Nov 04, 2015 00:19 UTC
The Pentagon is urgently
trying to gain the necessary clearances required for combat aircraft to refuel from Airbus A330 MRTTs, used by coalition partners operating above Syria and Iraq. The Navy is also looking to gain clearances to use hose-and-drogue refueling systems installed on Royal Air Force Voyager
tankers to certify the F-35B for this type of refuelling method. A Royal Australian Air Force KC-30A (a modified A330 MRTT) has already been used to conduct trials with a F-35A
, with tests planned on a variety of other platforms.
Voyager & friends
Back in 2005, Great Britain was considering a public-private partnership to buy, equip, and operate the RAF’s future aerial tanker fleet. The RAF would fly the 14 Airbus A330-MRTT aircraft on operational missions, and receive absolute preferential access to the planes. A private contractor would handle maintenance, receive payment from the RAF on a per-use basis – and operate them as passenger charter or transport aircraft when the RAF didn’t need them.
The deal became politically controversial, and negotiations on the 27-year, multi-billion pound deal charted new territory for both the government, and for private industry. Which may help to explain why a contract to move ahead on a “Private Financing Initiative” basis had yet to be issued, and procurement had yet to begin, over 7 years after the program began. In March 2008, however, Britain issued the world’s largest-ever Defence Private Finance Initiative (PFI) contract. This FOCUS Article describes the current British fleet, the aircraft they chose to replace them, how the new fleet will compare, the innovative deal structure they’ve chosen, and ongoing FSTA developments.
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Oct 26, 2015 00:17 UTC
In a not unexpected decision, the Japanese Defence Ministry has opted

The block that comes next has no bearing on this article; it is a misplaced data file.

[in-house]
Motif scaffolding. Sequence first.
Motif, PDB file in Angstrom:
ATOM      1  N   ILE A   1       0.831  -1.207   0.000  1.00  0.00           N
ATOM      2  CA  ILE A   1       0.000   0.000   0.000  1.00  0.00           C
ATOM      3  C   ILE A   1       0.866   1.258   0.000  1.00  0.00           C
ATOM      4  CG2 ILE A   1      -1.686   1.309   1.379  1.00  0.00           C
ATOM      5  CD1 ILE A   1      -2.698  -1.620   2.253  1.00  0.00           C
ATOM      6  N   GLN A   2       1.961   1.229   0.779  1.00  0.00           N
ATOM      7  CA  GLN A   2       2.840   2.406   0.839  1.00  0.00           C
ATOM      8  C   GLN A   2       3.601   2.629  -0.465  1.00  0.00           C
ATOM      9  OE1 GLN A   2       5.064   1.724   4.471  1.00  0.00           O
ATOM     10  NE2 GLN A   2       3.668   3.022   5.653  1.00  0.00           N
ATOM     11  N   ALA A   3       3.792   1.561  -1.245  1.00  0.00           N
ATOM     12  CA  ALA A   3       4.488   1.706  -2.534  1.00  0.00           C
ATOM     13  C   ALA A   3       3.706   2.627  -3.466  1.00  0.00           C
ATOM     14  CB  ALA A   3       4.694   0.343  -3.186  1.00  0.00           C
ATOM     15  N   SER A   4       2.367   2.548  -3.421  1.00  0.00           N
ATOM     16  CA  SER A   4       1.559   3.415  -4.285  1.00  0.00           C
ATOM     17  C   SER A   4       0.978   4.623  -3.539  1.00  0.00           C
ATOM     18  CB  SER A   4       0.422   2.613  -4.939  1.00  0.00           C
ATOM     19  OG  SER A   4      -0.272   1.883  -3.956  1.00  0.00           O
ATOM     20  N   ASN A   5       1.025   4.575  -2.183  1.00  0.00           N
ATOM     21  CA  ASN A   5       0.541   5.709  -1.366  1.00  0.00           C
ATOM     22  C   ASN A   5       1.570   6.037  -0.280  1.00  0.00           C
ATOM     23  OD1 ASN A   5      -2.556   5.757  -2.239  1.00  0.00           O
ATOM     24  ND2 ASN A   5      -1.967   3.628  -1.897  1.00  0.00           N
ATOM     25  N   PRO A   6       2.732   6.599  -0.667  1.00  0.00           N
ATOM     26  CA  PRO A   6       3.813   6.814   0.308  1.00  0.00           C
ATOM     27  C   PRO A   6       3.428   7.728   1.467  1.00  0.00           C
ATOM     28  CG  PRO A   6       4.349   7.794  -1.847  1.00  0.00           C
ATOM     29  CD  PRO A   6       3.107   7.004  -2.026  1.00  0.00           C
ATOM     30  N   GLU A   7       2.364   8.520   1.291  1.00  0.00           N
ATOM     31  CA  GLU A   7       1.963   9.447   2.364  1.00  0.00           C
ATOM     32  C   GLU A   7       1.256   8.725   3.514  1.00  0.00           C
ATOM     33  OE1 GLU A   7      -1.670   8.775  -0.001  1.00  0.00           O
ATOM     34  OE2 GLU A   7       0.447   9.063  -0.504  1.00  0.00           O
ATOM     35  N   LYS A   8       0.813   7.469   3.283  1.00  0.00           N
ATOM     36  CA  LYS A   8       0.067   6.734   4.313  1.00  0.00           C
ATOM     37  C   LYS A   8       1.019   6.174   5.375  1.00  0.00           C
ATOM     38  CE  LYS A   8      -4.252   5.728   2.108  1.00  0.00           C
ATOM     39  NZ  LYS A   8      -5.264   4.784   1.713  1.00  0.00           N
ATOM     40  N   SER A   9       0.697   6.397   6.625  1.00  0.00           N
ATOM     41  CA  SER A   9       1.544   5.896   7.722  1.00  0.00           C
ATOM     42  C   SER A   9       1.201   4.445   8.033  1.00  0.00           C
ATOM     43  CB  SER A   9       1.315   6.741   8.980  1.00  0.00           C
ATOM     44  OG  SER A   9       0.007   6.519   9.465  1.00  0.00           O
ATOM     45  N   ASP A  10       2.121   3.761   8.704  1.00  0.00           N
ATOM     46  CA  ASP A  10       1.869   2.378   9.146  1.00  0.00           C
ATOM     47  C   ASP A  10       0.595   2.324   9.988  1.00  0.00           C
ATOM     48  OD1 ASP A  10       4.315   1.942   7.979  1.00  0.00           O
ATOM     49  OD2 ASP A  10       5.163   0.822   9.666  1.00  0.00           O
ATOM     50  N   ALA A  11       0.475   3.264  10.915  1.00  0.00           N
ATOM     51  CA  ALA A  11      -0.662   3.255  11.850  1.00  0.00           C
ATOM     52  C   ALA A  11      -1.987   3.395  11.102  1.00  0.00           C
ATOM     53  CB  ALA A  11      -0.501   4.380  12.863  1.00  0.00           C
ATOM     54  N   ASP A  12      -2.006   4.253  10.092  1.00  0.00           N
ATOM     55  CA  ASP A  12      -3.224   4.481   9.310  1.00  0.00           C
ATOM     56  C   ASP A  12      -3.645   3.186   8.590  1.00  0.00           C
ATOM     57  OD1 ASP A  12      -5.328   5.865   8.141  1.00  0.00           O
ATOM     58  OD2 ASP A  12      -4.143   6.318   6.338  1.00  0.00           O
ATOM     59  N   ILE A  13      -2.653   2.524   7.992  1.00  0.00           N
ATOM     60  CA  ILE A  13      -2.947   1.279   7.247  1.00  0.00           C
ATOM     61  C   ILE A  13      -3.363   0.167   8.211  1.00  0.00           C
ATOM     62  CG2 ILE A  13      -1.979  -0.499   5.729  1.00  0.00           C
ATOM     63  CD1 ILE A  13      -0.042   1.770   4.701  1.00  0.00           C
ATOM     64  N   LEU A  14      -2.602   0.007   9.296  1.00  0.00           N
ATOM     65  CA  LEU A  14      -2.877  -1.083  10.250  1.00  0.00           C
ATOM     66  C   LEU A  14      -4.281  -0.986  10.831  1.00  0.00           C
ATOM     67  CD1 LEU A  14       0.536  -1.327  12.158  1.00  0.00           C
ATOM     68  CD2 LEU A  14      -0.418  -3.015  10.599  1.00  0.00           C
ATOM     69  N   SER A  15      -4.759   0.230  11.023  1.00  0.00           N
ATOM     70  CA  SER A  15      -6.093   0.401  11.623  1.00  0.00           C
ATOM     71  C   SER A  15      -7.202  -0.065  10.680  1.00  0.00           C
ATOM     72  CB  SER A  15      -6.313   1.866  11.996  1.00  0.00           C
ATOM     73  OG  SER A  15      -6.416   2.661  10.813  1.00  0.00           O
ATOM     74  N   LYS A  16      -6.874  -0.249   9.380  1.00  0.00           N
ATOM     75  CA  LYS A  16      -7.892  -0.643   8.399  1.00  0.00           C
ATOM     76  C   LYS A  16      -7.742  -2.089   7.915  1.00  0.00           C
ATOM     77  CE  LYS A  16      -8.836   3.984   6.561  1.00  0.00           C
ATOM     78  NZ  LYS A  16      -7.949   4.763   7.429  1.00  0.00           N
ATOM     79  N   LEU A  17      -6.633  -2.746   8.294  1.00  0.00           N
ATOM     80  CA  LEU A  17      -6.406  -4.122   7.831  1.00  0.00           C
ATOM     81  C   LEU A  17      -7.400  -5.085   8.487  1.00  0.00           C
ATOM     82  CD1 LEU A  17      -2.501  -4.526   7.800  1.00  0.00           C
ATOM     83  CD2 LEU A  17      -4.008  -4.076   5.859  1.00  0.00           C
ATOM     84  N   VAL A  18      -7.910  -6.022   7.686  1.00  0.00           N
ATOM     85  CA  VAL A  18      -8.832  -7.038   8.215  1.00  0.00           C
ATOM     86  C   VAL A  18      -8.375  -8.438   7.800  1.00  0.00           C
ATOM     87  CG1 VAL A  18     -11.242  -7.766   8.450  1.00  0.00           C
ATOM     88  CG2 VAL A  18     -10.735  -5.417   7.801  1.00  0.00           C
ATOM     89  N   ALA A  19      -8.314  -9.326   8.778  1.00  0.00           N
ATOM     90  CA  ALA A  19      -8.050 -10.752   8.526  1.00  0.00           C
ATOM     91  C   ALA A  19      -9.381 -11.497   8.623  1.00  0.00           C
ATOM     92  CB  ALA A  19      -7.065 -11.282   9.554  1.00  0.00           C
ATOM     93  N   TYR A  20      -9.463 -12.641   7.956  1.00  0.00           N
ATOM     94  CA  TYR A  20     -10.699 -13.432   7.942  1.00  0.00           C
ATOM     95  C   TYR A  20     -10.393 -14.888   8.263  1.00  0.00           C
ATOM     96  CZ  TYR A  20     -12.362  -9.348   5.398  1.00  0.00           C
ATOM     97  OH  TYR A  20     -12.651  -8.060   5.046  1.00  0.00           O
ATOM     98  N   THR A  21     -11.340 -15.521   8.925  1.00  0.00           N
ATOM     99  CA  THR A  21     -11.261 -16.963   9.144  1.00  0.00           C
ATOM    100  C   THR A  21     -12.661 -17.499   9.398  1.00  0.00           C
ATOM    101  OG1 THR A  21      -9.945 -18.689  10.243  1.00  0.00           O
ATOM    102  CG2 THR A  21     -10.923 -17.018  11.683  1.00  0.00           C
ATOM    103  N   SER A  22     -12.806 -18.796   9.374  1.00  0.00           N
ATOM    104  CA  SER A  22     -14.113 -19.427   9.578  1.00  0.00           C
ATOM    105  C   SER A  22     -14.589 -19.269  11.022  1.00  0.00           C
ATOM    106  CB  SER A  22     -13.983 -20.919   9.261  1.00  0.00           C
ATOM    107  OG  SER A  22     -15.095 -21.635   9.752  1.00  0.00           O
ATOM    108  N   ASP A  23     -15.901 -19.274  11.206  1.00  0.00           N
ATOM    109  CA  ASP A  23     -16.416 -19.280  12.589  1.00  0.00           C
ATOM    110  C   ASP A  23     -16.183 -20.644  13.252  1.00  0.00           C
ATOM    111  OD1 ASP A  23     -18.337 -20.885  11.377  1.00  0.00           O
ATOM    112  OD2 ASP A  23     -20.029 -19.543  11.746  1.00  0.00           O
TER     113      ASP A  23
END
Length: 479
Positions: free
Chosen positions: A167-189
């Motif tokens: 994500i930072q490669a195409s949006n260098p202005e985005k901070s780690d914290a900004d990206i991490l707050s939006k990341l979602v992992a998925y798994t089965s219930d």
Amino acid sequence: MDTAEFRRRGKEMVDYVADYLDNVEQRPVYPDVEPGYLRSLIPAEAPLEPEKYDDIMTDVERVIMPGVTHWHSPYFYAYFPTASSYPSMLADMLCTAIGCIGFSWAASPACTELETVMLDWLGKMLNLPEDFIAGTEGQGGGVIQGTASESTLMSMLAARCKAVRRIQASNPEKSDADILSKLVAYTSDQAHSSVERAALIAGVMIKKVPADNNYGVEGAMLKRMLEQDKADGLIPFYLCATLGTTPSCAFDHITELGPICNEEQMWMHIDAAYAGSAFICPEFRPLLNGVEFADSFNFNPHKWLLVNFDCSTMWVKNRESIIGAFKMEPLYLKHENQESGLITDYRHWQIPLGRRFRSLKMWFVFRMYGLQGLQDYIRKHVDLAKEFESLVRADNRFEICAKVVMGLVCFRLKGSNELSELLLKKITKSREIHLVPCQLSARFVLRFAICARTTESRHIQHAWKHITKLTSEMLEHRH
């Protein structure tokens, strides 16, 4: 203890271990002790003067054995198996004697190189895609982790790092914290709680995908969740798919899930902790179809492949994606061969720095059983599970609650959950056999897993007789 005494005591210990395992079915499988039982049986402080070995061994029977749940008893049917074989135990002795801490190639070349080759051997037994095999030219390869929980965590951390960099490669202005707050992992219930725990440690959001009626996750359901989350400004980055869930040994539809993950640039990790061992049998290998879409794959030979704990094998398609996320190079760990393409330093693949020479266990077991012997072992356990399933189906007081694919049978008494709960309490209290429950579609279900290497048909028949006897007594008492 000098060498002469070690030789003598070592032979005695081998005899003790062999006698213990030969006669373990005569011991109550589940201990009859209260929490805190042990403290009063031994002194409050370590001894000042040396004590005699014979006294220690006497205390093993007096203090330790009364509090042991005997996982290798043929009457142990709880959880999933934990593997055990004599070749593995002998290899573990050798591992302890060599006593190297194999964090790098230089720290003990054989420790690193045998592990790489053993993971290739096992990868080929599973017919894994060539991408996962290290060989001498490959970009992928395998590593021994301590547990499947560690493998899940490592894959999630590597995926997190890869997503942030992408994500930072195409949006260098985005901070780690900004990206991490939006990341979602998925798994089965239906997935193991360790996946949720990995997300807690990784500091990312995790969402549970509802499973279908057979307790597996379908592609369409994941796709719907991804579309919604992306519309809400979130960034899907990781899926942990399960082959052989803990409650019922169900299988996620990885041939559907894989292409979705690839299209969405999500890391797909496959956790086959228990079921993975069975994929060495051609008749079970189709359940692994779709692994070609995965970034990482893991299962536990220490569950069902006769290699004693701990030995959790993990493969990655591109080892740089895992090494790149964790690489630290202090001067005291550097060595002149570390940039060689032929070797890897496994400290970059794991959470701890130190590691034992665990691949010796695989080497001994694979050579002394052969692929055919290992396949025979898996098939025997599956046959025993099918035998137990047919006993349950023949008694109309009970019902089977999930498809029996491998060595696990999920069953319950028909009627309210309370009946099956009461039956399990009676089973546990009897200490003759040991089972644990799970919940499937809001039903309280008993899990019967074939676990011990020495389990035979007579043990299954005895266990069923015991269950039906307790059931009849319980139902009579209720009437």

to buy three KC-46A Pegasus
tankers, marking the first international sale of the aircraft, which is still in development. The three new aircraft will bolster the JASDF's fleet of four KC-767s, with each of the new aircraft thought
to value $173 million. The KC-46As are slated for fielding in 2020, with the Boeing bid fending off competition from Airbus' A330 MRTT
. Elsewhere in the region, South Korea selected
the Airbus design in July, signing a contract for four A330-MRTTs.
KC-135: Old as the hills…
DID’s FOCUS articles cover major weapons acquisition programs – and no program is more important to the USAF than its aerial tanker fleet renewal. In January 2007, the big question was whether there would be a competition for the USA’s KC-X proposal, covering 175 production aircraft and 4 test platforms. The total cost is now estimated at $52 billion, but America’s aerial tanker fleet demands new planes to replace its KC-135s, whose most recent new delivery was in 1965. Otherwise, unpredictable age or fatigue issues, like the ones that grounded its F-15A-D fighters in 2008, could ground its aerial tankers – and with them, a substantial slice of the USA’s total airpower.